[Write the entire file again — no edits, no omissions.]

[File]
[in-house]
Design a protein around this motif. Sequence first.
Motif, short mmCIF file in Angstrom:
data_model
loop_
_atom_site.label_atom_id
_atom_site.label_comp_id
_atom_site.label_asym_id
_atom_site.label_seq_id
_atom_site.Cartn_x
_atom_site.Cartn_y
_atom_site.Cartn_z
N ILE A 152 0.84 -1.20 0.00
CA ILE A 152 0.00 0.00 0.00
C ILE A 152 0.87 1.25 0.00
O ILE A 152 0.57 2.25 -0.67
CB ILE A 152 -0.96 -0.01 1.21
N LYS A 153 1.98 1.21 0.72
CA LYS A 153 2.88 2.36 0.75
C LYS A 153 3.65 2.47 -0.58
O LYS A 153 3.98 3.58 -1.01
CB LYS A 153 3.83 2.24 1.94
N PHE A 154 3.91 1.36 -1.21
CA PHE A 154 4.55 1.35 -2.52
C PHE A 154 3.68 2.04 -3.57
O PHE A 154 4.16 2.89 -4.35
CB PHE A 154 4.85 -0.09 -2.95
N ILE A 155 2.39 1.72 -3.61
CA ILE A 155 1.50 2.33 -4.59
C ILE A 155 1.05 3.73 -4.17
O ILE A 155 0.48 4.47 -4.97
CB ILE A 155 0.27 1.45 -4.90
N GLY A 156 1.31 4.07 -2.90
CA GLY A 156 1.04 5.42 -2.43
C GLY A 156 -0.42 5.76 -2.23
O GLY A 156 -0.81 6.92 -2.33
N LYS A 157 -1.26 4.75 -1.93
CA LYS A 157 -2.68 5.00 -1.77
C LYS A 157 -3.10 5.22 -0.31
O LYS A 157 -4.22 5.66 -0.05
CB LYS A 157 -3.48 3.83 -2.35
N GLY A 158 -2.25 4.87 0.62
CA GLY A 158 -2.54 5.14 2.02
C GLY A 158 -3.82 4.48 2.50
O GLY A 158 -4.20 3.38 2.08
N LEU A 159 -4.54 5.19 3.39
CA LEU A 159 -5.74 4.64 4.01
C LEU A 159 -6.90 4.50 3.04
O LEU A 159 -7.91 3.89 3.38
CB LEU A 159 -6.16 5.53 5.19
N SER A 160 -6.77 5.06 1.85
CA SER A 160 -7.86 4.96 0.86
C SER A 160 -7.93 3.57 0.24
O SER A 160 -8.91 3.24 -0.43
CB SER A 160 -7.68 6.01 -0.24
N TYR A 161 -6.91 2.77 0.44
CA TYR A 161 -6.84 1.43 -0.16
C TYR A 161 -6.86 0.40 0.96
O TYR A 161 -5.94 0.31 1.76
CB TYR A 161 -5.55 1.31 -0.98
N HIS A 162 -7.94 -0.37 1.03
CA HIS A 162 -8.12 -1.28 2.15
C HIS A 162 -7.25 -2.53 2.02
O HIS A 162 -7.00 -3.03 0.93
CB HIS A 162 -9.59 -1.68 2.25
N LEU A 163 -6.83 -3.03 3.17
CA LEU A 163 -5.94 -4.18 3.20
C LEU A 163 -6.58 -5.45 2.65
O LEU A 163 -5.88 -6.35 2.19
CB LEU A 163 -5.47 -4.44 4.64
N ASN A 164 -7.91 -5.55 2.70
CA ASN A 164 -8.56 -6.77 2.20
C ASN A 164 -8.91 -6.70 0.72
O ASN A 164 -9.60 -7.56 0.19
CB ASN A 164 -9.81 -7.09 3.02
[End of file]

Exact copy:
[in-house]
Design a protein around this motif. Sequence first.
Motif, short mmCIF file in Angstrom:
data_model
loop_
_atom_site.label_atom_id
_atom_site.label_comp_id
_atom_site.label_asym_id
_atom_site.label_seq_id
_atom_site.Cartn_x
_atom_site.Cartn_y
_atom_site.Cartn_z
N ILE A 152 0.84 -1.20 0.00
CA ILE A 152 0.00 0.00 0.00
C ILE A 152 0.87 1.25 0.00
O ILE A 152 0.57 2.25 -0.67
CB ILE A 152 -0.96 -0.01 1.21
N LYS A 153 1.98 1.21 0.72
CA LYS A 153 2.88 2.36 0.75
C LYS A 153 3.65 2.47 -0.58
O LYS A 153 3.98 3.58 -1.01
CB LYS A 153 3.83 2.24 1.94
N PHE A 154 3.91 1.36 -1.21
CA PHE A 154 4.55 1.35 -2.52
C PHE A 154 3.68 2.04 -3.57
O PHE A 154 4.16 2.89 -4.35
CB PHE A 154 4.85 -0.09 -2.95
N ILE A 155 2.39 1.72 -3.61
CA ILE A 155 1.50 2.33 -4.59
C ILE A 155 1.05 3.73 -4.17
O ILE A 155 0.48 4.47 -4.97
CB ILE A 155 0.27 1.45 -4.90
N GLY A 156 1.31 4.07 -2.90
CA GLY A 156 1.04 5.42 -2.43
C GLY A 156 -0.42 5.76 -2.23
O GLY A 156 -0.81 6.92 -2.33
N LYS A 157 -1.26 4.75 -1.93
CA LYS A 157 -2.68 5.00 -1.77
C LYS A 157 -3.10 5.22 -0.31
O LYS A 157 -4.22 5.66 -0.05
CB LYS A 157 -3.48 3.83 -2.35
N GLY A 158 -2.25 4.87 0.62
CA GLY A 158 -2.54 5.14 2.02
C GLY A 158 -3.82 4.48 2.50
O GLY A 158 -4.20 3.38 2.08
N LEU A 159 -4.54 5.19 3.39
CA LEU A 159 -5.74 4.64 4.01
C LEU A 159 -6.90 4.50 3.04
O LEU A 159 -7.91 3.89 3.38
CB LEU A 159 -6.16 5.53 5.19
N SER A 160 -6.77 5.06 1.85
CA SER A 160 -7.86 4.96 0.86
C SER A 160 -7.93 3.57 0.24
O SER A 160 -8.91 3.24 -0.43
CB SER A 160 -7.68 6.01 -0.24
N TYR A 161 -6.91 2.77 0.44
CA TYR A 161 -6.84 1.43 -0.16
C TYR A 161 -6.86 0.40 0.96
O TYR A 161 -5.94 0.31 1.76
CB TYR A 161 -5.55 1.31 -0.98
N HIS A 162 -7.94 -0.37 1.03
CA HIS A 162 -8.12 -1.28 2.15
C HIS A 162 -7.25 -2.53 2.02
O HIS A 162 -7.00 -3.03 0.93
CB HIS A 162 -9.59 -1.68 2.25
N LEU A 163 -6.83 -3.03 3.17
CA LEU A 163 -5.94 -4.18 3.20
C LEU A 163 -6.58 -5.45 2.65
O LEU A 163 -5.88 -6.35 2.19
CB LEU A 163 -5.47 -4.44 4.64
N ASN A 164 -7.91 -5.55 2.70
CA ASN A 164 -8.56 -6.77 2.20
C ASN A 164 -8.91 -6.70 0.72
O ASN A 164 -9.60 -7.56 0.19
CB ASN A 164 -9.81 -7.09 3.02